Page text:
## Derivative of e^x: Additional Perspectives

Posted: February 26, 2016 in Calculus: An Introduction
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In accordance with normal procedures, previously addressed topics are once again reflected on in this entry. Directly below, the derivative of e^x is dealt with from the perspectives of slope fields and differential equations. Beneath that, the derivative of e^x is considered as a Taylor Series.

Slope Field

Taylor Series

It is easy for high school students to determine that dy/dx = y for the Taylor Series representation of e^x above. This sets the stage very nicely for an exploration into power series which, in turn, lead directly to some other very cool “discoveries”. Follow the link provided for a more conventional extraction of the derivative of e^x.

Reference

Courant, Richard., John, Fritz (1999).  Introduction to Calculus and Analytics: Classics of Mathematics. New York, NY:  Springer-Verlag Berlin Heidelberg.

## Separable Differential Equations and Slope Fields

Posted: February 15, 2016 in Differential Calculus, Differential Equations, Slope Fields
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A basic understanding of differential equations has already been established through our introduction to integration. In addition, rates of change have also been linked to our brief study of differential calculus. Students now require a period of time to work through basic problem solving scenarios relating to both differentiation and integration to develop an acceptable degree of fluency.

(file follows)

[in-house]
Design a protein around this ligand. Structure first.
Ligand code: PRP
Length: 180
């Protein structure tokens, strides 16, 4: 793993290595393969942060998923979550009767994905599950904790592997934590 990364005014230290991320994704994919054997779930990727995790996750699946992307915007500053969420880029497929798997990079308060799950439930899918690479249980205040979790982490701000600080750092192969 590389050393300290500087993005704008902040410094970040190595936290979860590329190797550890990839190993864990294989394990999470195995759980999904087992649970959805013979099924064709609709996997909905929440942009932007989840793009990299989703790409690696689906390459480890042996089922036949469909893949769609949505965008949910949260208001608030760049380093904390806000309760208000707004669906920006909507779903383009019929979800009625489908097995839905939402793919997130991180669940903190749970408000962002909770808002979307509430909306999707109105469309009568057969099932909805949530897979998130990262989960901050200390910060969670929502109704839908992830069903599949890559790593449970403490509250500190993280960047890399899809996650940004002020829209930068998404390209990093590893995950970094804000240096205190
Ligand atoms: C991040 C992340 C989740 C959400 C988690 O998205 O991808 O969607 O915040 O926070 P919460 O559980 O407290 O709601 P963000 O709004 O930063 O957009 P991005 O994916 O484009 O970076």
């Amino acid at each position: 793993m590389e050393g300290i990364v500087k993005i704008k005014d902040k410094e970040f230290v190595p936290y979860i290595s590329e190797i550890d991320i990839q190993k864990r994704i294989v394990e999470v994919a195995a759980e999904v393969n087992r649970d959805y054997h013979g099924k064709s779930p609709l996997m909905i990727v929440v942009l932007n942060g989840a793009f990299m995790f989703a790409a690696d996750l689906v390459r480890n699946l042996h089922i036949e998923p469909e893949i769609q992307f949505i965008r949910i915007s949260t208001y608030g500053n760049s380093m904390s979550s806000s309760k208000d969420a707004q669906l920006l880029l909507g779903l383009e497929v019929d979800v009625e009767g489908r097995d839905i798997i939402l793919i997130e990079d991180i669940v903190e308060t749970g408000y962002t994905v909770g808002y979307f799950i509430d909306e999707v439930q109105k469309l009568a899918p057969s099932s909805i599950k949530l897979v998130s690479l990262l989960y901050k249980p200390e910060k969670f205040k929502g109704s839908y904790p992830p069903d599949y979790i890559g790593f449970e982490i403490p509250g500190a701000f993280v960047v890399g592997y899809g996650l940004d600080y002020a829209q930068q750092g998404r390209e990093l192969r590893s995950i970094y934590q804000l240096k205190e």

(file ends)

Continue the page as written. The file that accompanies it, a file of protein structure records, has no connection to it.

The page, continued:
Every now and then, a diversion from the “daily grind” can be well-received. Separable differential equations and an introduction to slope fields will be one such “diversion” and will be shared with students when deemed appropriate. Since students are very familiar with quadratic functions, will we begin there.
The equation dy/dx=x will be presented and analyzed from a “rate of change” perspective at various positions on the Cartesian plane. Once this slope field has been sketched, the shape of the parent function becomes readily apparent; the need for initial conditions arises to uniquely define each member from the family.
The image directly below sees through the completion of the scenario described above. This procedure is then repeated for other basic separable differential equations, all of which produce slope fields that are recognizable to students; these appear below our parabola example.

Differential Equation: dy/dx=kx, where k=2

Constant of Proportionality Given

Differential Equation: dy/dx=kx^2, where k=3

Constant of Proportionality Given

Constant of Proportionality Not Given

Differential Equation: dy/dx=-x/y

For the circle above, I’ve included two acceptable treatments.

The indefinite integrals require that initial conditions be substituted in after the fact to solve for the constant of integration.  The second version has the initial conditions included as bounds of integration, resulting in definite integrals; same result.

Solving these differential equations tie together quite nicely the two sides of calculus to which students have been introduced. These examples also set up other such equations and problems that will be presented in the not too distant future, such as  Quadratic vs Exponential Growth.